To foster development, production and marketing of the next generation of medical devices designed to meet growing children’s unique needs, the Food and Drug Administration (FDA) awarded $5 million to the National Capital Consortium for Pediatric Device Innovation (NCC-PDI), led by Children’s National Health System and University of Maryland, College Park. New Consortium members include BioHealth Innovation, Inc., a Maryland-based innovation intermediary that supports the transformation of research projects into new business opportunities, and MedTech Innovator, a California-based virtual startup accelerator that matches health care industry leaders with early-stage and emerging growth medtech companies for mentorship and support. NCC-PDI’s affiliated members include industry leaders such as Smithwise, Epidarex, and Cadence.
The Consortium’s multi-disciplinary principal investigator team includes: Kolaleh Eskandanian, Ph.D., MBA, PMP, project lead, and Anthony Sandler, M.D., from Children’s National; and William E. Bentley, Ph.D., from the Robert E. Fischell Institute for Biomedical Devices at the University of Maryland, College Park.
“The key to ensuring the next generation of adults are healthy is to ensure children enjoy the best health,” says Eskandanian, vice president and chief innovation officer at Children’s National and the lead principal investigator of NCC-PDI. “That means underwriting and marketing life-saving devices like stents and heart valves, designed with children’s growing bodies in mind, and shepherding such innovations through the challenging path to regulatory approval.”
Medical devices designed for people who are younger than 22 travel a slower path to market and there are fewer pediatric medical devices compared with devices used by adults. Adding to the complexity of device development, pediatric devices must be sized appropriately as children transform from newborns to toddlers to adolescents and young adults.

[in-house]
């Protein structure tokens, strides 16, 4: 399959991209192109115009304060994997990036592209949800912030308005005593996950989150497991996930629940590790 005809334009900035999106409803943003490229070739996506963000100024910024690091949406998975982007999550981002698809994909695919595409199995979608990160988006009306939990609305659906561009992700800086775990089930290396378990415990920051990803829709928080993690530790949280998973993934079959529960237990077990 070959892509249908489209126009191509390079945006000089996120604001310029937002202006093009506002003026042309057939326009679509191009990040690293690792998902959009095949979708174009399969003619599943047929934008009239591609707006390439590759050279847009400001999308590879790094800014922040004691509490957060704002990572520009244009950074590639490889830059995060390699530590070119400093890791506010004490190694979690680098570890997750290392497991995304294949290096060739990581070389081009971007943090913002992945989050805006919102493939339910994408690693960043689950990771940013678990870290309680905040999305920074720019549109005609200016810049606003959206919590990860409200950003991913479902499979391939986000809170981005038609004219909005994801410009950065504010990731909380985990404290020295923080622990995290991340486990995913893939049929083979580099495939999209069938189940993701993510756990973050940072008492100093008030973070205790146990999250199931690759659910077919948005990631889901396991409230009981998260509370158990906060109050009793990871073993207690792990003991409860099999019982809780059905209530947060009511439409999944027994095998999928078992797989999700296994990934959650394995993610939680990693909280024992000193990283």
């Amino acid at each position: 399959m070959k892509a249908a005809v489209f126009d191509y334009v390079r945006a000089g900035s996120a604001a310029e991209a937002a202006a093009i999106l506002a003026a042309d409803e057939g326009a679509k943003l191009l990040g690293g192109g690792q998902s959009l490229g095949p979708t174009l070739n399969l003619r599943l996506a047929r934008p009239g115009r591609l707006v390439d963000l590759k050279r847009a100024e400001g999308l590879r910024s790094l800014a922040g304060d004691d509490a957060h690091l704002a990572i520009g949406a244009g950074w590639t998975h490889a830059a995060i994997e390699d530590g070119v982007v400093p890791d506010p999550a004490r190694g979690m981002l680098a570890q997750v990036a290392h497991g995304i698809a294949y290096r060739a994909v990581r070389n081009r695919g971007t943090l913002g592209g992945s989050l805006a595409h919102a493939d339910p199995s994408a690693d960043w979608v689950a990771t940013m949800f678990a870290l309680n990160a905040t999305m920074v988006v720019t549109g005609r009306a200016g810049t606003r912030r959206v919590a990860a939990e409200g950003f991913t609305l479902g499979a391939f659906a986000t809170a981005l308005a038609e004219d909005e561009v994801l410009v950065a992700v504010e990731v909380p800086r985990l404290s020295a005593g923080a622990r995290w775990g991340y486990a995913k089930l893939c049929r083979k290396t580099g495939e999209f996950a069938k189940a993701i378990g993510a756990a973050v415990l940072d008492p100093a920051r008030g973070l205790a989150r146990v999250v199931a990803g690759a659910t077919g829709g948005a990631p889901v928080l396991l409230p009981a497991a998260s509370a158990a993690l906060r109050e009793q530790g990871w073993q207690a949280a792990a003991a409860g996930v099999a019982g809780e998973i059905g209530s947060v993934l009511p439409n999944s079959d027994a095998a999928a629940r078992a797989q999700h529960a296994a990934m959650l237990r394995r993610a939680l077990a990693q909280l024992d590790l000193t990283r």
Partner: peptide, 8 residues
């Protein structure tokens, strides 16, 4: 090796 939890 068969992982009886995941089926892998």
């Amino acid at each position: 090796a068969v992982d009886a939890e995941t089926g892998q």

“While exciting advances are being made in medical technologies for adults, crucial pediatric innovations often languish in areas like asthma, heart disease, and neonatal health,” said Paul Grand, CEO of MedTech Innovator. “We are excited to bring the resources of our global accelerator to identify and advance best-in-class pediatric technologies, to ensure they reach the market and improve the health of the millions of children who need them most.”
NCC-PDI – like other nonprofit consortia funded by the FDA in Houston, Los Angeles, Philadelphia and San Francisco – encourages innovative pediatric devices by providing business, regulatory, legal, scientific, engineering and clinical expertise to strengthen pediatric device applications submitted to the FDA. Under a five-year grant renewed by the FDA’s Office of Orphan Products Development, NCC-PDI will:
- Encourage innovation and connect qualified individuals with pediatric device ideas with potential manufacturers
- Mentor and manage pediatric device projects though the development process
- Connect innovators and physicians to existing federal and non-federal resources
- Assess the scientific and medical merit of proposed pediatric device projects
- Assist and advise on business development, personnel training, prototype development, post market needs and related activities and
- Provide regulatory consultation to device sponsors to support submission of pediatric device applications.
“Partnership, shared knowledge and collaboration are vital to our overall progress. This month’s grant renewal makes all that possible,” Eskandanian adds. “Because of our ongoing collaborations with federal regulators, academic centers, pediatric leaders, device manufacturers and potential investors, Children’s National is uniquely positioned to draw together diverse stakeholders who share our goal of strengthening pediatric device innovation.”
In fulfilling its mission, NCC-PDI annually hosts the “Make Your Medical Device Pitch for Kids!” competition in an effort to award funds and device development technical support to those innovations that address a significant unmet need for children and are deemed to be commercially viable. To date, NCC-PDI has awarded $1.43 million to 31 startups and research labs and supported over 80 pediatric medical devices.
“Many of the health challenges that impact pediatric populations require unique resources, treatment, and expertise,” Bentley said. “NCC-PDI is a vital partnership in that it fosters innovation and knowledge-sharing between innovators, researchers, clinicians, and policymakers, all for the betterment of children’s health. The Fischell Institute is proud to support NCC-PDI’s mission by utilizing our resources, facilities, and expertise to help usher pediatric medical devices to market from the earliest stages of ideation through navigating the regulatory process.”
Legislation passed by Congress in 2007 established the funding to be distributed as grants for nonprofit consortia to help stimulate projects to promote the development and availability of pediatric medical devices. This legislation was re-authorized as part of the FDA Safety and Innovation Act of 2012 and again in the FDA Reauthorization Act of 2017 to run through fiscal year 2022.